Jordan’s pro-U.S. King Abdullah swore in on Sunday a reform-minded government charged with speeding up modernization of the kingdom.Prime Minister Nader Dahabi, a former air force chief who transformed the special economic zone in the Red Sea port of Aqaba into a haven for multi-billion dollar investments, was appointed by the king on Thursday to replace Marouf al-Bakheet, who resigned following last week’s parliamentary election.
The election, marred by accusations of vote buying and fraud, consolidated the power of tribal leaders, pro-government figures and businessmen in the 110-seat assembly.
Officials said the 28-member cabinet included a moderate Islamist figure, technocrats, businessmen and four women to widen its national appeal.
The cabinet line-up is likely to continue Jordan’s free market reforms that critics say have deepened the divide between rich and poor, and to maintain traditional support for U.S. policies in the region, officials have said.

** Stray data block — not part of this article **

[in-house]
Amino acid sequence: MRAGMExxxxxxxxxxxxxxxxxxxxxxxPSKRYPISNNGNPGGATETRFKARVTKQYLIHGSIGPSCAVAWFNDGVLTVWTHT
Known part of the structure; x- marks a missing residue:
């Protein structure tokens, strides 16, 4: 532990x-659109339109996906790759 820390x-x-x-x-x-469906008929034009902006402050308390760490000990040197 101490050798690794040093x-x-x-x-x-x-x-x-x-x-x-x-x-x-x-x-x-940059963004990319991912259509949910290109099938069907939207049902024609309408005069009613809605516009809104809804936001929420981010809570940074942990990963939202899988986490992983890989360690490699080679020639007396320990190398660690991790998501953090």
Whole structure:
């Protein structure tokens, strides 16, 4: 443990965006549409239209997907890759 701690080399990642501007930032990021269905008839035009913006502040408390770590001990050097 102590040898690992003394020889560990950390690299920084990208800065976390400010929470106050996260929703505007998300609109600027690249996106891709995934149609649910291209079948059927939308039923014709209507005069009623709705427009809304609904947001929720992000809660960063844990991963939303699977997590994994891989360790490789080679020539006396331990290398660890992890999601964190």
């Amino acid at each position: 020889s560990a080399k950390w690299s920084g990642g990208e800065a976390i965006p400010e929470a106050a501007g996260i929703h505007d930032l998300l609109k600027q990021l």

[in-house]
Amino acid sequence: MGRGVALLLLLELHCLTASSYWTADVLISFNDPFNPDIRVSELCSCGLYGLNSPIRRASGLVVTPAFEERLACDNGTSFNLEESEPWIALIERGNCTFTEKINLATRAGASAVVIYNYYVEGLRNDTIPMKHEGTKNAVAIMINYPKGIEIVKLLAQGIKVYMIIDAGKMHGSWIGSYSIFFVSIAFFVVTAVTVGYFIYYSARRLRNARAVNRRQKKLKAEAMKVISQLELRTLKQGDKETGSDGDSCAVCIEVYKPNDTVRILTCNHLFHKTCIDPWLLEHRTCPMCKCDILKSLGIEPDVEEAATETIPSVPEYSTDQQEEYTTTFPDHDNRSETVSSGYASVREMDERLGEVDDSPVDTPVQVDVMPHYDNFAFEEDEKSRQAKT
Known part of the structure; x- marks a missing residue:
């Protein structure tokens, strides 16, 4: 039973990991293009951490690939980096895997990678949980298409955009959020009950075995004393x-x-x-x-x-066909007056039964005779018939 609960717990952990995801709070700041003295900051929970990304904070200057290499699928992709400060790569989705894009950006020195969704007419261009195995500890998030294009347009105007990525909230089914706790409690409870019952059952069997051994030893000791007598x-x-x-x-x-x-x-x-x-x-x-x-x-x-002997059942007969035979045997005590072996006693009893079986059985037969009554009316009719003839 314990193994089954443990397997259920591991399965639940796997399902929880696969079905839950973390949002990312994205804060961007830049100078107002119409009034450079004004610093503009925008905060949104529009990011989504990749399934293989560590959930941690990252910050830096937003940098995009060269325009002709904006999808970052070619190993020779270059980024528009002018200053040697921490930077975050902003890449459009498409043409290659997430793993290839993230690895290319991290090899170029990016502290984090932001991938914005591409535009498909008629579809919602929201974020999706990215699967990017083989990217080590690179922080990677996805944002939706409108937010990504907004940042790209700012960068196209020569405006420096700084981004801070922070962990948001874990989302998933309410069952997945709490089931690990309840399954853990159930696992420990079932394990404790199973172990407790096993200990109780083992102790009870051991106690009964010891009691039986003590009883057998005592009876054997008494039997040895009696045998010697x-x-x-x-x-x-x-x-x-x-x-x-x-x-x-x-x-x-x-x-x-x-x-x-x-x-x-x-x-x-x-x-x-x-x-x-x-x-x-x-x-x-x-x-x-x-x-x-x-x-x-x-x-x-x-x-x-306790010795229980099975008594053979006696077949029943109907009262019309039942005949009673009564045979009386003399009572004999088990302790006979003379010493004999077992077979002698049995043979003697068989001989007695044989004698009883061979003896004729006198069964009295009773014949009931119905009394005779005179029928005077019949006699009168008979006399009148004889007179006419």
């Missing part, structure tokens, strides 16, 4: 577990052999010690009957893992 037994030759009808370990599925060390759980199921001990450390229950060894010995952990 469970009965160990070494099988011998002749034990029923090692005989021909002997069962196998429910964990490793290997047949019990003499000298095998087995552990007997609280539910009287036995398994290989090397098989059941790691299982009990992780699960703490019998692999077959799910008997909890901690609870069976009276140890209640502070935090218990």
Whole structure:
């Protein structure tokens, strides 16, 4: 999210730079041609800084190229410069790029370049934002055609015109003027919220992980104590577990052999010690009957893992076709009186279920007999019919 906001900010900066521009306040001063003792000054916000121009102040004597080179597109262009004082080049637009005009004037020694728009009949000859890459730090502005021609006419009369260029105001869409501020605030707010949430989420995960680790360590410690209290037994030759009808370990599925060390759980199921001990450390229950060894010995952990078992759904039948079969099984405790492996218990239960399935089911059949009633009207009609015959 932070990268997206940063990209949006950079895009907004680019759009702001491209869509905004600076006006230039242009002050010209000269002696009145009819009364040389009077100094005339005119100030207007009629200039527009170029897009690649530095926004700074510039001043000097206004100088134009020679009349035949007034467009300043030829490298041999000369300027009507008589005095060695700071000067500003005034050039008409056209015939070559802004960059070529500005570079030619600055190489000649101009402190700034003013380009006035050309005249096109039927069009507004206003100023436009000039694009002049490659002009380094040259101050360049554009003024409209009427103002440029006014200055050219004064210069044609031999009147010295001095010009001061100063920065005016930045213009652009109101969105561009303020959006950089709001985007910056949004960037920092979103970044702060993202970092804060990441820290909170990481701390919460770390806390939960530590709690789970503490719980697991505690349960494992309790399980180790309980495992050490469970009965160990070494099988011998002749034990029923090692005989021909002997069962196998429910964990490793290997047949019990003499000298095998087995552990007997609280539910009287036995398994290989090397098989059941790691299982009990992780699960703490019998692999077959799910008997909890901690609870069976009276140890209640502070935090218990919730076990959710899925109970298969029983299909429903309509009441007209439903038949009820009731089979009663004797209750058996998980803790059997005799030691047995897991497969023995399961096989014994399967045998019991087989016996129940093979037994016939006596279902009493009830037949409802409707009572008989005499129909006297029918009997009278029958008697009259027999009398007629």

The cabinet’s make up is meant to win public support among a restive population, angry about curtailed freedoms that the former government has justified on security grounds.
Officials say Abdullah will count on Dahabi’s track record to win support for his economic and social reforms among the conservative establishment, the backbone of the king’s power base, which fears accelerated reforms could erode its grip on power.
Bassem Awadallah, a U.S. educated Jordanian of Palestinian origin and King Abdullah’s closest adviser, who has challenged the conservative establishment by pushing a pro-Western reform agenda, will have a bigger say in shaping reforms as head of the royal court, officials said.Â
They say the monarch’s consolidation of his reign depends on whether the government can improve living conditions which most Jordanians complain have worsened.
Constitutionally, most powers rest with the king, who appoints governments, approves legislation and can dissolve parliament.
Jordan’s Islamist opposition, strident opponents of Israel, independent politicians and liberals say successive governments have failed to deliver greater political liberalization.
The king is counting on a renewed U.S. drive to bring Middle East peace and a stable Iraq to deliver prosperity to Jordan. But wider violence in the region may wreck such hopes, officials said.
Bakheet, drawn from the ranks of the powerful security establishment, has since 2005 stepped up a crackdown to curb the growing influence of mainstream Islamists by introducing curbs on freedom of expression, including tougher anti-terrorism laws.
The new premier will have to address ways to boost the economy after a slowdown.